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China Gives $600m to Cambodia in Exchange for International Support

Chinese Premier Li Keqiang, left, talks with Foreign Minister Wang Yi, center, as he and Cambodia's Prime Minister Hun Sen, right, attend the opening session of the Asia-Europe Meeting (ASEM) summit in Ulaanbaatar, Mongolia July 15, 2016.

The announcement follows The Hague finding that China has no historic claims to areas of the South China Sea that are also claimed by the Philippines.

Prime Minister Hun Sen has announced that China will give Cambodia almost $600 million in aid to support election infrastructure, and education and health projects.

The agreement was finalized after a meeting with his Chinese counterpart Li Keqiang in Mongolia.

“The Chinese Prime Minister announced grant aid to Cambodia amounting to 3.6 billion Yuan, or about $600 million, for the three years from 2016 to 2018,” Hun Sen said. He added that he had requested the aid in Ulaanbaatar, Mongolia, during his participation in the 11th ASEM summit this week.

China, a key ally of Cambodia in the region and the Southeast Asian nation’s largest donor, in return expects support in international forums, including in discussions over the future of the South China Sea.

The announcement follows a landmark ruling at an arbitration court in The Hague which found that China had no historic claims to areas of the South China Sea that are also claimed by the Philippines.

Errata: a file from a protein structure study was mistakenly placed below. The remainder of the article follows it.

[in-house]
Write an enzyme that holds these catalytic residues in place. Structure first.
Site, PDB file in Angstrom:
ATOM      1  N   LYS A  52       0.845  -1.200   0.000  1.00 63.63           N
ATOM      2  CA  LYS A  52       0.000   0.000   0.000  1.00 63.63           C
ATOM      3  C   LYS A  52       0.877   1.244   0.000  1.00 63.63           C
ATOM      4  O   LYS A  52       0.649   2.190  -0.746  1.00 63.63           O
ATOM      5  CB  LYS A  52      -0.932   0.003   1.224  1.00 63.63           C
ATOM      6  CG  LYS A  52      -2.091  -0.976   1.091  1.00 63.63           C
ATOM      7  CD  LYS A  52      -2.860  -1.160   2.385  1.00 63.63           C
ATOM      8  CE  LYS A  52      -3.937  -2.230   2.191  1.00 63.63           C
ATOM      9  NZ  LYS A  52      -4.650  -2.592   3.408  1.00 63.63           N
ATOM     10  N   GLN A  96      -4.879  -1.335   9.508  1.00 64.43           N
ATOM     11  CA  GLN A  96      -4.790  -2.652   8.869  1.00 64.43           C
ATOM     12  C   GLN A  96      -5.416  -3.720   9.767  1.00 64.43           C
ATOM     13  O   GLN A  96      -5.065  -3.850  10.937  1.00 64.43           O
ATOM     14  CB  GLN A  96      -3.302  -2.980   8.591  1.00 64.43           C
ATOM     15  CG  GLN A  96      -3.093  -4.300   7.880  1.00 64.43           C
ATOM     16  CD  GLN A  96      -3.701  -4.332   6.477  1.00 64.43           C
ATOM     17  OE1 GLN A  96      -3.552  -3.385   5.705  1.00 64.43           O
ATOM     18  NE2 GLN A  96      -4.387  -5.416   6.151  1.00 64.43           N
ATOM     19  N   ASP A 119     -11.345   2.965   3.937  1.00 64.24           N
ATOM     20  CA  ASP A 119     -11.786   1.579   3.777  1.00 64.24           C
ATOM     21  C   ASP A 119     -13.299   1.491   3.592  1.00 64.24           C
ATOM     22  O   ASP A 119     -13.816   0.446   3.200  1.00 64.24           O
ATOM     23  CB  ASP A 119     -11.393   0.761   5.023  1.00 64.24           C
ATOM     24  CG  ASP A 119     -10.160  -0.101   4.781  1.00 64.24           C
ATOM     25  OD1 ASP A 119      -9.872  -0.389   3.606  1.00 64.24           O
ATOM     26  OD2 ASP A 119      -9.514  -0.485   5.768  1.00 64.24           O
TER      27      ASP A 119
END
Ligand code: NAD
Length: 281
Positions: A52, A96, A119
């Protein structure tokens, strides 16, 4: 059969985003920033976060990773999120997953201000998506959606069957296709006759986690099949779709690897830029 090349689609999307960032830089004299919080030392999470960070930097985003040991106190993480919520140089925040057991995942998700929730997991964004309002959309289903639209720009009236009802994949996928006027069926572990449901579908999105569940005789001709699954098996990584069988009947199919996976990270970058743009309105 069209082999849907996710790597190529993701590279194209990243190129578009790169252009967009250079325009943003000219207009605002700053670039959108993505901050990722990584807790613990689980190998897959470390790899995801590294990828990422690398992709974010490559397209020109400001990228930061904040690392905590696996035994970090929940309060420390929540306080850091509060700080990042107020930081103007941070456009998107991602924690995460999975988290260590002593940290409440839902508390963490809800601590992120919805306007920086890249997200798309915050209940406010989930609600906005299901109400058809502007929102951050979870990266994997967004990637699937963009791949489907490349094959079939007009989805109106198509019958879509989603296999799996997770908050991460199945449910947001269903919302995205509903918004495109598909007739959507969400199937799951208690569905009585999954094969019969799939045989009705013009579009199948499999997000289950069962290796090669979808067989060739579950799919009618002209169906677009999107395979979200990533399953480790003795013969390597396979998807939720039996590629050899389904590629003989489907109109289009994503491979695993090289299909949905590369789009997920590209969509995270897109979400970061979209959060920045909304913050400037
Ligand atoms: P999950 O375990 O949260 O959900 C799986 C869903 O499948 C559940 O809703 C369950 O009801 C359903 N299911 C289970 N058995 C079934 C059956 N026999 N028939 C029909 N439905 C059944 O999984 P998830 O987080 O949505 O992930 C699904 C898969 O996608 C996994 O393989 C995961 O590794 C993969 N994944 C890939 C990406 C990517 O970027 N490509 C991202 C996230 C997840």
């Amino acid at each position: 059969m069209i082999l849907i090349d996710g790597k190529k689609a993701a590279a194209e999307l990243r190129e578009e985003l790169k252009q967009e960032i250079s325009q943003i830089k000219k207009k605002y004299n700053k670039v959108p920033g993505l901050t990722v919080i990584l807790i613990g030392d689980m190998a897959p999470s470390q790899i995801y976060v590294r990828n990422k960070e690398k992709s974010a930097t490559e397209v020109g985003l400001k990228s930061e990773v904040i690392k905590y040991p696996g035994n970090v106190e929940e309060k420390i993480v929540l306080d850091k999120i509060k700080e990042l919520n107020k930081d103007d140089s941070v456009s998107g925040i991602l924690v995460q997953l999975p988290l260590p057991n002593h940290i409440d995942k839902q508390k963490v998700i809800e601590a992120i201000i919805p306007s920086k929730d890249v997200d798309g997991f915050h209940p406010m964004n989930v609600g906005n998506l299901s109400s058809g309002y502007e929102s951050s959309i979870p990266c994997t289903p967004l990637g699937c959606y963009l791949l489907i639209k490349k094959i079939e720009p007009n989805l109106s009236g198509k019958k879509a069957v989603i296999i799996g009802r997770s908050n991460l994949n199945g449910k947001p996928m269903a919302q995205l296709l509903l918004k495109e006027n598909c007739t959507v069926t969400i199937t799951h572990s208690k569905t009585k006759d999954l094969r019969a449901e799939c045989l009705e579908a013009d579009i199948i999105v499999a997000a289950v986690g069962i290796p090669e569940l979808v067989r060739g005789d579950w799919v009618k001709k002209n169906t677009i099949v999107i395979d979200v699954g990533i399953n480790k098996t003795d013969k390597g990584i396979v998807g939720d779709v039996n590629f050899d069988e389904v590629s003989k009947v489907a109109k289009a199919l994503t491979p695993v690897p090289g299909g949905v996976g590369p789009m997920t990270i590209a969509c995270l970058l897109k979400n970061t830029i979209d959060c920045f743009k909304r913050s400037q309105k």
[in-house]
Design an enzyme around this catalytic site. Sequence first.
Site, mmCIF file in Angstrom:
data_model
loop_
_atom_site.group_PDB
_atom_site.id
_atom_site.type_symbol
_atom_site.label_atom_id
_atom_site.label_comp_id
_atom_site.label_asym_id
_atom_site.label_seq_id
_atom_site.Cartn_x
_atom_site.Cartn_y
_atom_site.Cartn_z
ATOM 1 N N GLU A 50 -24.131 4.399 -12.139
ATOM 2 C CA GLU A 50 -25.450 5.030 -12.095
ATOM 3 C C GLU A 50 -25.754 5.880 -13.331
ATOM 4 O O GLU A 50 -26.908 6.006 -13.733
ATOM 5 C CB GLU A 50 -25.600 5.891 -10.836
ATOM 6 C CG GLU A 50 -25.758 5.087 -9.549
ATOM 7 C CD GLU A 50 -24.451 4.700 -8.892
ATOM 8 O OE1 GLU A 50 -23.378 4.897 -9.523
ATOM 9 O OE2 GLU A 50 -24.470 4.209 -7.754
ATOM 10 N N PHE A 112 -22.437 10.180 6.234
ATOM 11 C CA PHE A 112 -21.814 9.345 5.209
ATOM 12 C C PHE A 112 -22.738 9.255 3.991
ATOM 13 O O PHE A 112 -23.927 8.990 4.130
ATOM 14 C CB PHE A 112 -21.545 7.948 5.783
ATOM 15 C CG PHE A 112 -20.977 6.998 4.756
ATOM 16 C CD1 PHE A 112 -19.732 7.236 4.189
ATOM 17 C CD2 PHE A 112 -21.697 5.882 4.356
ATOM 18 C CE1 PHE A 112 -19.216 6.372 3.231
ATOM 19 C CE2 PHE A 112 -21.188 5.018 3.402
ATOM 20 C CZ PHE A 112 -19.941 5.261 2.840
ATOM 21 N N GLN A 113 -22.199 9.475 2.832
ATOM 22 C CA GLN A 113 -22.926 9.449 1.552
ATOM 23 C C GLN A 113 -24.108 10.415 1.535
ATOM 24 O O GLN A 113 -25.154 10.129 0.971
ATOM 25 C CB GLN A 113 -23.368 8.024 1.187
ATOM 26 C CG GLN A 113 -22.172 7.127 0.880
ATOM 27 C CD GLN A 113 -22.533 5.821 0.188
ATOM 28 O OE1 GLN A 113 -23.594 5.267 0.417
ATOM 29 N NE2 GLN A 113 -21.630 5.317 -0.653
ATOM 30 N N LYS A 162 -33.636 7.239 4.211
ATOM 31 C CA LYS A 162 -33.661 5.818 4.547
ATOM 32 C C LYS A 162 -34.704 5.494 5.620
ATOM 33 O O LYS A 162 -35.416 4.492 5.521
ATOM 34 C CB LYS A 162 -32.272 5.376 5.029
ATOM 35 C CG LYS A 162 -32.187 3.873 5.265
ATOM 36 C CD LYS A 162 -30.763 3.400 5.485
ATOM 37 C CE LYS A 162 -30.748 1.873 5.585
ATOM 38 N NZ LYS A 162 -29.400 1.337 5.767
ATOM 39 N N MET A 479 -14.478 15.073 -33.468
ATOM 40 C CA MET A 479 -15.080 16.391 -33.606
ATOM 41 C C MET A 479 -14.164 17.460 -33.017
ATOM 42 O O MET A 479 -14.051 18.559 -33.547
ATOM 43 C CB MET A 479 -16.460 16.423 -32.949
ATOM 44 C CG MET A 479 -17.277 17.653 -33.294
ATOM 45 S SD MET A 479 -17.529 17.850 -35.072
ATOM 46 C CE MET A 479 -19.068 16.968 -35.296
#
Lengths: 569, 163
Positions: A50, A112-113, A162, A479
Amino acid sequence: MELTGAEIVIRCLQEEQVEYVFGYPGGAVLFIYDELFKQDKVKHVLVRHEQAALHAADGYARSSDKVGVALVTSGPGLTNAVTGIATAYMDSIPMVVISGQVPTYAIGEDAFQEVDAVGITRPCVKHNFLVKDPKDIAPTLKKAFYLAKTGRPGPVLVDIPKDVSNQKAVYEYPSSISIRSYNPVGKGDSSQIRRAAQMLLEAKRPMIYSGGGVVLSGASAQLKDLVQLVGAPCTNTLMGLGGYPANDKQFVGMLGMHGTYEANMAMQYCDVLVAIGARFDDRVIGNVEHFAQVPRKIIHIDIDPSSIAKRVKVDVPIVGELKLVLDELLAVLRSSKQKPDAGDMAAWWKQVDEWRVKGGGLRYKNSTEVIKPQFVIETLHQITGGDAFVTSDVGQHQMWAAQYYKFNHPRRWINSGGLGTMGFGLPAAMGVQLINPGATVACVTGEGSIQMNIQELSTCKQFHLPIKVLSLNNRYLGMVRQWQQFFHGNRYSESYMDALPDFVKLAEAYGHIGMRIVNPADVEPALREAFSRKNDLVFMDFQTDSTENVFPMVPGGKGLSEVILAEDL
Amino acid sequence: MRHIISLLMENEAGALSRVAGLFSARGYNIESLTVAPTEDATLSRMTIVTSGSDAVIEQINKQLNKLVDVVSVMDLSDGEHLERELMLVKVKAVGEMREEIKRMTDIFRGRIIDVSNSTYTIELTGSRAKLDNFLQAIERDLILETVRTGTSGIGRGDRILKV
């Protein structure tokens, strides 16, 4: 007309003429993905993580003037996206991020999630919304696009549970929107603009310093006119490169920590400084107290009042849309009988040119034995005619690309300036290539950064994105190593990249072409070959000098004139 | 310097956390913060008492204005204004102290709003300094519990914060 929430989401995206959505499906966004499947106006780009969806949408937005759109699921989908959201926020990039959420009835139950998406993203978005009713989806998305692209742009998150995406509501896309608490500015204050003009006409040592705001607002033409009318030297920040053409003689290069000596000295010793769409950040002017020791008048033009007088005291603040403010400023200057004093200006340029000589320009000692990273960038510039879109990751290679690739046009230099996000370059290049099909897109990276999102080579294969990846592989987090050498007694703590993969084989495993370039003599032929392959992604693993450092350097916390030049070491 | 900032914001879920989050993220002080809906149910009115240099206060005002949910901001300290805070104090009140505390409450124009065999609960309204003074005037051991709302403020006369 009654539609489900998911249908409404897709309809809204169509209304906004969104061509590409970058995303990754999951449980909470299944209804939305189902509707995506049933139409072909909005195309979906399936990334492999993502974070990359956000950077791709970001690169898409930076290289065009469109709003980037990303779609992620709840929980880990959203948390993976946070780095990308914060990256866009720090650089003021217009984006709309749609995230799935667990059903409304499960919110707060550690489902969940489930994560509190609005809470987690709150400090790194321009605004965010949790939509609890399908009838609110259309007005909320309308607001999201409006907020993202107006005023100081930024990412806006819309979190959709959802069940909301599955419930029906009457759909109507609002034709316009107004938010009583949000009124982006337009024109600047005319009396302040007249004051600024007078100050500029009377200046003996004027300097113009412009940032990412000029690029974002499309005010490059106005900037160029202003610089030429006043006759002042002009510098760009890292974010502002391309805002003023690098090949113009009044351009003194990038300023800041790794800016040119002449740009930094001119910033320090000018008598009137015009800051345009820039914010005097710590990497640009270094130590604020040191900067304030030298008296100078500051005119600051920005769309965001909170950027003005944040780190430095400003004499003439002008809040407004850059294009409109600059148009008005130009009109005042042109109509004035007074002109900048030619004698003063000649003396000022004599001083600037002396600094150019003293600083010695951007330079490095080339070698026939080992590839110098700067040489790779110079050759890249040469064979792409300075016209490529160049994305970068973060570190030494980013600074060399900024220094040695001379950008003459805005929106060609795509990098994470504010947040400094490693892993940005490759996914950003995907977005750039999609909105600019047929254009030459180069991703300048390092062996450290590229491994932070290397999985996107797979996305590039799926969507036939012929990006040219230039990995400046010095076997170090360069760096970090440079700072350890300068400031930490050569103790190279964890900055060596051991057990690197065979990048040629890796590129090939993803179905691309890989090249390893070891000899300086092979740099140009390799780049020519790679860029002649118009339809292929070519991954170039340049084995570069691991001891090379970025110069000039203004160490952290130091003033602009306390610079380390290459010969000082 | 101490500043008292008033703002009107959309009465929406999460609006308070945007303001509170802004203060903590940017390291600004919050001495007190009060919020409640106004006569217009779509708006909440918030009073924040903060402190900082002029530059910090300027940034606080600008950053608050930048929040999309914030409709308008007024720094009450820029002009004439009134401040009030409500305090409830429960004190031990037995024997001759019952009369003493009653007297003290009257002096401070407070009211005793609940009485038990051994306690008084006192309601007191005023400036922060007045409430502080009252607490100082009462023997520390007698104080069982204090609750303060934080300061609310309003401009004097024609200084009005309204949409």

Sok Touch, dean of Khemarak University, said the close relationship between China and Cambodia was due to an alignment of interests, most recently with Cambodia’s tacit approval of China’s actions in the South China Sea.

“As we know foreign policy has no friends or enemies, but only exists because of [states’] interests. So perhaps this is because of the South China Sea, that Cambodia receives $600 million”, he said. “That’s the first point, and the second point is that Cambodia needs grant aid money to develop the country.”

Chea Vannath, a longtime analyst and Khmer Rouge survivor, welcomed the move by Beijing.

“We are friends rather than enemies. China is a superpower and has been a great friend since [the reign of King Norodom Sihanouk],” she said.

The money will be partly spent on organizing elections slated for 2017 and 2018.

However, Koul Panha, executive director of Comfrel claimed that numerous roadblocks ahead any semblance of free and fair elections could take place, such as the jailing of opposition members, the recent murder of government critic Kem Ley and outstanding charges against the leaders of the Cambodia National Rescue Party.

“All of this creates a political atmosphere where the preparation of free and fair elections cannot take place,” he said.